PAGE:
Install and Configure GitLab Ubuntu 16.04

GitLab is a web-based Git repository manager with wiki and issue tracking features, using an open source license, developed by GitLab Inc.

The software was written by Dmitriy Zaporozhets and Valery Sizov from Ukraine. The code is written in Ruby. Later, some parts have been rewritten in Go.

With this tutorial, you are going to learn how to install and configure “Gitlab” step by step.

Install GitLab

1. Update your Linux system packages by the below command.

sudo apt-get update

2. Then you will have to install “Postfix” first by the below command.

sudo apt-get install ca-certificates curl openssh-server postfix

Type “Y” and press Enter to continue.

2. On the configuration output of “Postfix”, select “Internet Site”.

3. On this step, write your system mail name.

4. We have to download “GitLab” script and configure the system with the new repository of “Gitlab”, by the below 2 commands.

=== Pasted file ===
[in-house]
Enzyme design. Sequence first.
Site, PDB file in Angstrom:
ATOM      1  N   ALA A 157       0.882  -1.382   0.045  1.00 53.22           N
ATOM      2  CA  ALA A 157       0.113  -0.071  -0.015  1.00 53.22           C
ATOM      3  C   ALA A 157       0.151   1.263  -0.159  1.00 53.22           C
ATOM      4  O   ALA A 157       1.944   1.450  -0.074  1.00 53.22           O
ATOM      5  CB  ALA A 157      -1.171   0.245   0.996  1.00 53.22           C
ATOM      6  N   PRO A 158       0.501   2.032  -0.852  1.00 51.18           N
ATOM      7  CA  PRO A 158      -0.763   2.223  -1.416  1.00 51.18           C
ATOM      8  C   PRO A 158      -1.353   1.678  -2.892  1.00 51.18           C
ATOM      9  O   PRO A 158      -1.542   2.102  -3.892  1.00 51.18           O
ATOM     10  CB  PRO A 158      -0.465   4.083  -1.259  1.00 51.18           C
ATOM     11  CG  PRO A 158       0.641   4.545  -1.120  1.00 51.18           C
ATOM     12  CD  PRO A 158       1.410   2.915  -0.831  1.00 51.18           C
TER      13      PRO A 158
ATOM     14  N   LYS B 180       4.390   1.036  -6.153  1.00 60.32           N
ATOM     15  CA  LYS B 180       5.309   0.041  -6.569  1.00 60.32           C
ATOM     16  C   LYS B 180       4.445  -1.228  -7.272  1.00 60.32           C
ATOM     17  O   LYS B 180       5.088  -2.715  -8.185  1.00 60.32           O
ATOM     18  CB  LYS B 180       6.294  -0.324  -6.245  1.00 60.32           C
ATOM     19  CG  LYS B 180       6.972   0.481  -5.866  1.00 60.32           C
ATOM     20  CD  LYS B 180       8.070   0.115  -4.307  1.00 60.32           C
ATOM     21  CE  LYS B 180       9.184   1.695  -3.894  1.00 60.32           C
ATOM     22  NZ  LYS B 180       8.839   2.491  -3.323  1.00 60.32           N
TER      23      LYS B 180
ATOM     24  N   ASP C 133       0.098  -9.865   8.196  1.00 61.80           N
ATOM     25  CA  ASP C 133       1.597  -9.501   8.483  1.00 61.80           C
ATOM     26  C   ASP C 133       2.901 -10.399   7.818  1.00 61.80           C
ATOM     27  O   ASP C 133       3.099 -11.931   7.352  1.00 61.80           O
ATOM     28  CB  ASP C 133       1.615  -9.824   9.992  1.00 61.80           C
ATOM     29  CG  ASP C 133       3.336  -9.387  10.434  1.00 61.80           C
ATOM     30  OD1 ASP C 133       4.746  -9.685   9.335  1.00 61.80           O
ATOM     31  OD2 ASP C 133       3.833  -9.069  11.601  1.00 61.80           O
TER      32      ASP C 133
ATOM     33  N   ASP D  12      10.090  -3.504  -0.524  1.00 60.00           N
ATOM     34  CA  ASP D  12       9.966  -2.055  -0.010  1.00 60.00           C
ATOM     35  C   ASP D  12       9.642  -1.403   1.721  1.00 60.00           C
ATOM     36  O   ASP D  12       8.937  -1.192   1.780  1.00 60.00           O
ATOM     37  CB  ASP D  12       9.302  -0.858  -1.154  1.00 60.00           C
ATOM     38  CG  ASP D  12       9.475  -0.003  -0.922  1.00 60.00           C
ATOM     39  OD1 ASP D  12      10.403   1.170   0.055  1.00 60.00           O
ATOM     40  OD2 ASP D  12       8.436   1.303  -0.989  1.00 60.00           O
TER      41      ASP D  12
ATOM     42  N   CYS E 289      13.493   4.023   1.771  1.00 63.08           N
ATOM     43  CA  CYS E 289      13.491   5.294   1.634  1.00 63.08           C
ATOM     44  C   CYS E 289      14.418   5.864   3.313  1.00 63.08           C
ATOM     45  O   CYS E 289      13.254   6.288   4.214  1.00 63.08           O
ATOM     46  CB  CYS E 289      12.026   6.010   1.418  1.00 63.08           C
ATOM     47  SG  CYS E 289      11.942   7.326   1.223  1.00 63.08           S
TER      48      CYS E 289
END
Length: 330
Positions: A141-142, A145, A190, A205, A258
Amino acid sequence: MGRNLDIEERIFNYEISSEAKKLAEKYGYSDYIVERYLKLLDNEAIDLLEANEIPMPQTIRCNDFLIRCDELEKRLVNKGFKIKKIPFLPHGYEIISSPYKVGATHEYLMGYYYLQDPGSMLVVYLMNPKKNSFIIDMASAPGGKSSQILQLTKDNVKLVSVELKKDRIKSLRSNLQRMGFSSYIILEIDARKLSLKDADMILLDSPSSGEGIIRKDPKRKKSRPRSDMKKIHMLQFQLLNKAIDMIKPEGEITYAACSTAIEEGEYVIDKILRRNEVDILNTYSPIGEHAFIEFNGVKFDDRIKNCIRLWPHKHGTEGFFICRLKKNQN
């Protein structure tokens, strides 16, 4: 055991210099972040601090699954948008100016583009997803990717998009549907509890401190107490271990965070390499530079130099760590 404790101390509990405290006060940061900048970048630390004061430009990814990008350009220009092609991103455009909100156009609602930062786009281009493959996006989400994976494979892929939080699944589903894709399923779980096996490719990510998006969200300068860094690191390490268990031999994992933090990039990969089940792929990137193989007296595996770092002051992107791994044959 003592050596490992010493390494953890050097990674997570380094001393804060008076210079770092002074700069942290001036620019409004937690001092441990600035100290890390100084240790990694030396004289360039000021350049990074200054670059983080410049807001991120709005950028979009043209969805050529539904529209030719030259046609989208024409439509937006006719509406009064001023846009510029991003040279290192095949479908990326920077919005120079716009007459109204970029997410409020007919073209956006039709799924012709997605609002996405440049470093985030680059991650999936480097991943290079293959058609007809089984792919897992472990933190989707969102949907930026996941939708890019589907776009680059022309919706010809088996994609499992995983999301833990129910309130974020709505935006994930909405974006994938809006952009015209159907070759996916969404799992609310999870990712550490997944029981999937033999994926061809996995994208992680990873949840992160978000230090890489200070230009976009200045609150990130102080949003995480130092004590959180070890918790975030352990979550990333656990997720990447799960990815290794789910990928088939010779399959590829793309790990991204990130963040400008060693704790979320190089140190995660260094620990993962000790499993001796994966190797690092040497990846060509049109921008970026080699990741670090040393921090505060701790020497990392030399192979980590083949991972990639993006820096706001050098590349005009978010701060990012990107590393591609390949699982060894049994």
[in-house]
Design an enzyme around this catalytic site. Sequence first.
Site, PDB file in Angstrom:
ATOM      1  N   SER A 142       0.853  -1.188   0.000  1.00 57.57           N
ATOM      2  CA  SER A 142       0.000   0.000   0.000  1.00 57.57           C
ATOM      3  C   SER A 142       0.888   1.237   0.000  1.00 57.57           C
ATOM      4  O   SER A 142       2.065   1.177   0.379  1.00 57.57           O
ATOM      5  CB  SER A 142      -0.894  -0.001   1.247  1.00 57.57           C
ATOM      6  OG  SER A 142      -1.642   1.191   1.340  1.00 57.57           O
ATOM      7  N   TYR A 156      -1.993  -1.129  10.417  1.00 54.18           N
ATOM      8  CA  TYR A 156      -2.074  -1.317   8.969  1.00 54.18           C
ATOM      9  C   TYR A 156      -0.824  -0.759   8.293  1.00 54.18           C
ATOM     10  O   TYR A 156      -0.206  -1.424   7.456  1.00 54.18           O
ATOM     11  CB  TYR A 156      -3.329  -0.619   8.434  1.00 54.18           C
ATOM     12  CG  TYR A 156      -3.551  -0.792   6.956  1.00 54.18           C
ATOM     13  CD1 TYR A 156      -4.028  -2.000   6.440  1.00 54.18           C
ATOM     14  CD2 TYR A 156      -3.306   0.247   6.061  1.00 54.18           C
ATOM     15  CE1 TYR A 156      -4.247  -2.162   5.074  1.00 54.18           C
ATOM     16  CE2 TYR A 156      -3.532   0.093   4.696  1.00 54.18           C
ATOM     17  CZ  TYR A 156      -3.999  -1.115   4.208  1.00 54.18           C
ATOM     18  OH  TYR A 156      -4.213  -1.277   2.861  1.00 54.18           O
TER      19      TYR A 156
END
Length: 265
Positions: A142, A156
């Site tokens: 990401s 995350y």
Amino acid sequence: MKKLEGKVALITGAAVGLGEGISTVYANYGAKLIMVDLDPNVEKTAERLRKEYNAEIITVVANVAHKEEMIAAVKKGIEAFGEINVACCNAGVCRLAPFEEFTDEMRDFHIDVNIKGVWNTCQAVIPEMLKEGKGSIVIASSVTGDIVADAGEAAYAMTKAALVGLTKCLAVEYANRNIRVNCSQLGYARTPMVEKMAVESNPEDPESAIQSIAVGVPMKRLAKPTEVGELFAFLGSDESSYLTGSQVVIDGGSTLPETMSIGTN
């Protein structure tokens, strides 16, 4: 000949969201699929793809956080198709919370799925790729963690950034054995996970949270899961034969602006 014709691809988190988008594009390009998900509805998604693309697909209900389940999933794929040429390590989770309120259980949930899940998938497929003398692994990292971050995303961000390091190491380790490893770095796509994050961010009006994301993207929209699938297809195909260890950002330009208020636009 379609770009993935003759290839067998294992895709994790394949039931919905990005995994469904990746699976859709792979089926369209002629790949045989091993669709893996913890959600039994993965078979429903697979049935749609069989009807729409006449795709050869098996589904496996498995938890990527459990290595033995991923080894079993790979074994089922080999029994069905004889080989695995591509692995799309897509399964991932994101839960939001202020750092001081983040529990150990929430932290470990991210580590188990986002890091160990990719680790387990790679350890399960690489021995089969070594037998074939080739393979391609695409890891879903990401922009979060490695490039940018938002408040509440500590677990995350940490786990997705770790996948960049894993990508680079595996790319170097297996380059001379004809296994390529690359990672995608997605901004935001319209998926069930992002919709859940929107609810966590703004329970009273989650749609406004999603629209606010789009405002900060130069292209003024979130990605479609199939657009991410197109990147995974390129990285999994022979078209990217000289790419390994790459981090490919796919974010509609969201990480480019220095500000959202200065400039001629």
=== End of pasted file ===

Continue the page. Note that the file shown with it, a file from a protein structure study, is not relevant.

cd /tmp
curl -LO

5. Now let’s run the downloaded script by the below command.

sudo bash /tmp/

6. You can now install “GitLab” application, by the below command.

sudo apt-get install gitlab-ce

7. The installation is complete now, let’s move to “Configuration Part”.

Configure GitLab

1. Before we can use Gitlab we have to configure it, to start the configuration run the below command.

sudo gitlab-ctl reconfigure

2. View the current status of your firewall to make sure that “HTTP” and “OpenSSH” isn’t blocked.

sudo ufw status

3. As we saw the rules of the mentioned “2 Ports” above isn’t active, we can add it by the below command.

sudo ufw allow http

sudo ufw allow OpenSSH

4. Open your web browser and enter your domain name or IP address to access Gitlab, and create your new password for it and click “Change your password”.

5. To sign in, use the username: root, and the password you had created.


You should now have learned how you can get a working GitLab hosted on your own Linux server, You can simply start to import or create new projects and configure the appropriate level of access for your team.


I started this tech blog back in 2011 as a place to write down processes I took to fix my client systems and network. Now I write some tips and tricks to help others with the tech issues that one might encounter.

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